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5 Vancouver Canucks who disappointed during the 2024 Stanley Cup Playoffs

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Photo credit:Bob Frid-USA TODAY Sports
Michael Liu
29 days ago
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There wasn’t going to be a positive article without a negative one.
For every Canuck that exceeded expectations in this playoff run, there were just as many that disappointed. Ones that should’ve been carrying the boats but instead let others carry them. Rick Tocchet called out a good chunk of them with his passengers press conference, but that didn’t change the fact that there were a couple of players who didn’t bother to show up all postseason.

Nils Höglander

Oh boy. I personally have to eat crow on this because I had Höglander listed as a possible playoff hero, but this run was the antithesis of that. His brand of hockey, the relentless puck pursuit and retrieval coupled with the flashes of finishing that he showed through the regular season should’ve translated to the playoffs in theory. Instead, right from the first game, it was obvious that the stage was just too big for Höglander at this point in time.
Plays went to his stick to die. Höglander looked tentative and nervous, unable to come up with pucks and losing board battles left and right. He bobbled routine passes, not really using his body or speed to pressure his opposition on the forecheck. This wasn’t the same winger that had potted in 24 goals and 12 assists in the regular season, that was for sure. Höglander was out of his depth, only putting up 1 goal and 1 assist in the playoffs.
It was perhaps too much to ask of the young Swede to be playing alongside of Elias Pettersson in these playoffs. His finishing rate was definitely unsustainable and probably played a role in elevating the expectations that we had for him. Regardless, Höglander simply wasn’t up to par in this postseason however you look at it.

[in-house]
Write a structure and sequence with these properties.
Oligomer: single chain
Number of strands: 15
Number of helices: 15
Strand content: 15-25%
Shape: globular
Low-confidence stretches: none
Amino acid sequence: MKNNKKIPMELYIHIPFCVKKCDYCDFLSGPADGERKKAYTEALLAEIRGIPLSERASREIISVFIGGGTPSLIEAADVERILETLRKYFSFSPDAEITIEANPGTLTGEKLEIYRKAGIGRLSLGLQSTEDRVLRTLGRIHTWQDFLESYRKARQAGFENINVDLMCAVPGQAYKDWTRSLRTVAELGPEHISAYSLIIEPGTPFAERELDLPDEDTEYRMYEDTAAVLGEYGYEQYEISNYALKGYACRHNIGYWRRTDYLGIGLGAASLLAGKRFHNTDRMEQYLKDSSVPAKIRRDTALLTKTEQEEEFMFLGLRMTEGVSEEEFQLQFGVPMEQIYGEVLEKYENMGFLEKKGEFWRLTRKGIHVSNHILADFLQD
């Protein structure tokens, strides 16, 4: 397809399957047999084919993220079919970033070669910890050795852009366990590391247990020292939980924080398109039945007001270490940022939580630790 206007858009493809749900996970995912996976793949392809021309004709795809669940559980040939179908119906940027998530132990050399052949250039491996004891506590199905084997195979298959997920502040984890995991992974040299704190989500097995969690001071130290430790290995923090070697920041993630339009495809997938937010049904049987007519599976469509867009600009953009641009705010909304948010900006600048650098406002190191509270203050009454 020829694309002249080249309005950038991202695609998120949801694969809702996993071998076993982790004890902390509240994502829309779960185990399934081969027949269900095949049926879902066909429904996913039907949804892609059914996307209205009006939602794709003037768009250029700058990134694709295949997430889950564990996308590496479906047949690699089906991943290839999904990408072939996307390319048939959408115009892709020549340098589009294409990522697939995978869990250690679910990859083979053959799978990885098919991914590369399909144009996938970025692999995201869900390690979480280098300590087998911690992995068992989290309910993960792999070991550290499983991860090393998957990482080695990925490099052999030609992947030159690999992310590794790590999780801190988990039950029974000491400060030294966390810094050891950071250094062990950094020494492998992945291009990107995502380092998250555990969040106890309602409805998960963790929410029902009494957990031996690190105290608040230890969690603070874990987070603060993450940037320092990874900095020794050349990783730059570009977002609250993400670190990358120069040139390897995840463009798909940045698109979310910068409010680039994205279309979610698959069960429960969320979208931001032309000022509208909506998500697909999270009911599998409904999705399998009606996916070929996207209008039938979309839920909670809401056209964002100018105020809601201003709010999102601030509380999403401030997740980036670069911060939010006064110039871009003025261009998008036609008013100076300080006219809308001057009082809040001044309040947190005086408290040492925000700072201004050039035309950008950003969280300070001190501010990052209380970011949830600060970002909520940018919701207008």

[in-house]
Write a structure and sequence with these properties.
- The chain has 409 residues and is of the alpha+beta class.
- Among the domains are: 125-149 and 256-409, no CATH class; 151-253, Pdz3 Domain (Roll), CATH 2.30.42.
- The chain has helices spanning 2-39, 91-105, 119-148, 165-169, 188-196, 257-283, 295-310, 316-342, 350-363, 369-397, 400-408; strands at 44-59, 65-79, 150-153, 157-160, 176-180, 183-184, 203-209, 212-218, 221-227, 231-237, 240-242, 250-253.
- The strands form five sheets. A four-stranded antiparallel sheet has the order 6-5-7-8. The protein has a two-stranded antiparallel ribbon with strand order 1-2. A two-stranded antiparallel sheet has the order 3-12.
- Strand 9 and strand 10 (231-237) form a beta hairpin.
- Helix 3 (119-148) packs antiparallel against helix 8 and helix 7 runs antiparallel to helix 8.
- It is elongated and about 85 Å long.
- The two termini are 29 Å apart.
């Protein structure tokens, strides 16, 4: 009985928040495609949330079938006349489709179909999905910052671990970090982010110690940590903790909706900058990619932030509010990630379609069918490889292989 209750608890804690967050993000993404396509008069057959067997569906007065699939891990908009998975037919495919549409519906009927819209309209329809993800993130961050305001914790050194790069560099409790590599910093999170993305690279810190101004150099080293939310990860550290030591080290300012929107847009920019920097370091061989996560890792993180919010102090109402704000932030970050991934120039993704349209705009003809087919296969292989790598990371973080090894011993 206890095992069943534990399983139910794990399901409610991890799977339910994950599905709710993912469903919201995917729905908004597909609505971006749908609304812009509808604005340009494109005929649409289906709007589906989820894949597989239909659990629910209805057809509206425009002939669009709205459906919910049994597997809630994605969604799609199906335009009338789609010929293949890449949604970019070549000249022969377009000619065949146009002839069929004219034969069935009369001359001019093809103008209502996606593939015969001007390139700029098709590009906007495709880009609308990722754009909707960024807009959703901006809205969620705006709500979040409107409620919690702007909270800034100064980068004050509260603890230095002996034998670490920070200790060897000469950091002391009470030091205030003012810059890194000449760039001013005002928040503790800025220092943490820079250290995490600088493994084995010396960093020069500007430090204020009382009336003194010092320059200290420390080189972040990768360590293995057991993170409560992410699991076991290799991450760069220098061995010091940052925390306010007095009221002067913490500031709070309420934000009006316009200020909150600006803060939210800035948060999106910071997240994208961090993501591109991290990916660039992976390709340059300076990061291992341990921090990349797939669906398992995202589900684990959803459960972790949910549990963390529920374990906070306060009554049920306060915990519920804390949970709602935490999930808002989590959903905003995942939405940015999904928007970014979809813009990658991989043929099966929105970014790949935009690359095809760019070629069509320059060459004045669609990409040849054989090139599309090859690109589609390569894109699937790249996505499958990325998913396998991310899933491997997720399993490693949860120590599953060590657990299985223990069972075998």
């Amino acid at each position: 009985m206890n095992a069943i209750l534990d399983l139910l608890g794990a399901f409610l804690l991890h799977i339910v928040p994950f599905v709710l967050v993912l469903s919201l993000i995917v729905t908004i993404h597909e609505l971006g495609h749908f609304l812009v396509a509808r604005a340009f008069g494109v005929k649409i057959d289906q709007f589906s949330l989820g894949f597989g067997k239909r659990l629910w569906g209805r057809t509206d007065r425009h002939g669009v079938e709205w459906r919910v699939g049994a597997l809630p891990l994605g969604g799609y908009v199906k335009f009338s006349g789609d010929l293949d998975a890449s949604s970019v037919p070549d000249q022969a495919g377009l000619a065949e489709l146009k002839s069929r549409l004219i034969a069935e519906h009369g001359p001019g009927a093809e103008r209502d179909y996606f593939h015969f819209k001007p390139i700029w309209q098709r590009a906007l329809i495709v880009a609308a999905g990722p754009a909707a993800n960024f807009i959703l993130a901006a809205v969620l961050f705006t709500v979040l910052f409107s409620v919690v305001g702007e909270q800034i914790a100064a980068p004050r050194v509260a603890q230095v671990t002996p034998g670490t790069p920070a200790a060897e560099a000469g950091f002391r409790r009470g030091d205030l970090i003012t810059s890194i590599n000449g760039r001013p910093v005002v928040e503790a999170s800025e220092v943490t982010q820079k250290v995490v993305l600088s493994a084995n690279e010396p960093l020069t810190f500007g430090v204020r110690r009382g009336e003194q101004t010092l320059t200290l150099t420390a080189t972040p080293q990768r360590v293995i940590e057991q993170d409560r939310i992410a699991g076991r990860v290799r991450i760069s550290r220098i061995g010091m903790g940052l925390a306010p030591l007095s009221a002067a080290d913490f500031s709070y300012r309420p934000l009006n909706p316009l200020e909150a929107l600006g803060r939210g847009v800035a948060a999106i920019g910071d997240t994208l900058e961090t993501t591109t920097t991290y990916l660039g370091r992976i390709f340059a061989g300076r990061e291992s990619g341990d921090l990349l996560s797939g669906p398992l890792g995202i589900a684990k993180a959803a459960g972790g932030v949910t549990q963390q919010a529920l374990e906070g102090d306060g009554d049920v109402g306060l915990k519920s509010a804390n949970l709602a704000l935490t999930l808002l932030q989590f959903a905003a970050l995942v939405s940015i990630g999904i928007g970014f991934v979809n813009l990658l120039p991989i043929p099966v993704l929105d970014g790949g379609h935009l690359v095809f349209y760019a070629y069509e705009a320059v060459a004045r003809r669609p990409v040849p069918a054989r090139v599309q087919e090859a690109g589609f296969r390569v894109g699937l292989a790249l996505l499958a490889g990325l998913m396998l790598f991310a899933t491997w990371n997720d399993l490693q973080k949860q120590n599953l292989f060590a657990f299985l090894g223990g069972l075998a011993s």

Dakota Joshua

This one is going to be a hot take. Dakota Joshua had a breakout year in the Canucks lineup, finding his scoring touch and becoming an excellent middle-6 power forward throughout the year. His 18 goals, 14 assist performance in 63 games went along with a heavy physical presence, chippy and tough to play against. In Game 1 of Round 1, Joshua demonstrated just how well his style would translate into the postseason as he set Rogers Arena alive with his three points.
Thing is, after that, Joshua sort of… vanished. He was nowhere near as noticeable after that one game, occasionally throwing a big hit but otherwise unable to find the scoresheet. After the three points in Game 1, Joshua would finish with 4 goals and 4 assists in 13 games, which is definitely not bad production – it’s just the fact that in 12 games, he would only have 5 points. While Joshua isn’t someone that this team was leaning on in terms of points, it was hard to see his impact on the game at times, even outside of the scoresheet.
Joshua’s breakout year shouldn’t be ignored though, and perhaps his physical style had him breaking down a little bit sooner than most. Whichever is the case, it’ll be interesting to see what his next contract will look like.

Elias Pettersson

This was always coming. Elias Pettersson was not himself after the All-Star break, for whatever reason it might’ve been. Injury, slump, things simply did not go his way, cooling down dramatically from the first half of the season into the second half. Many were hoping that the playoffs would be a good reset for the Swede, to allow him to get back to his usual ways. Unfortunately, it only exacerbated many issues.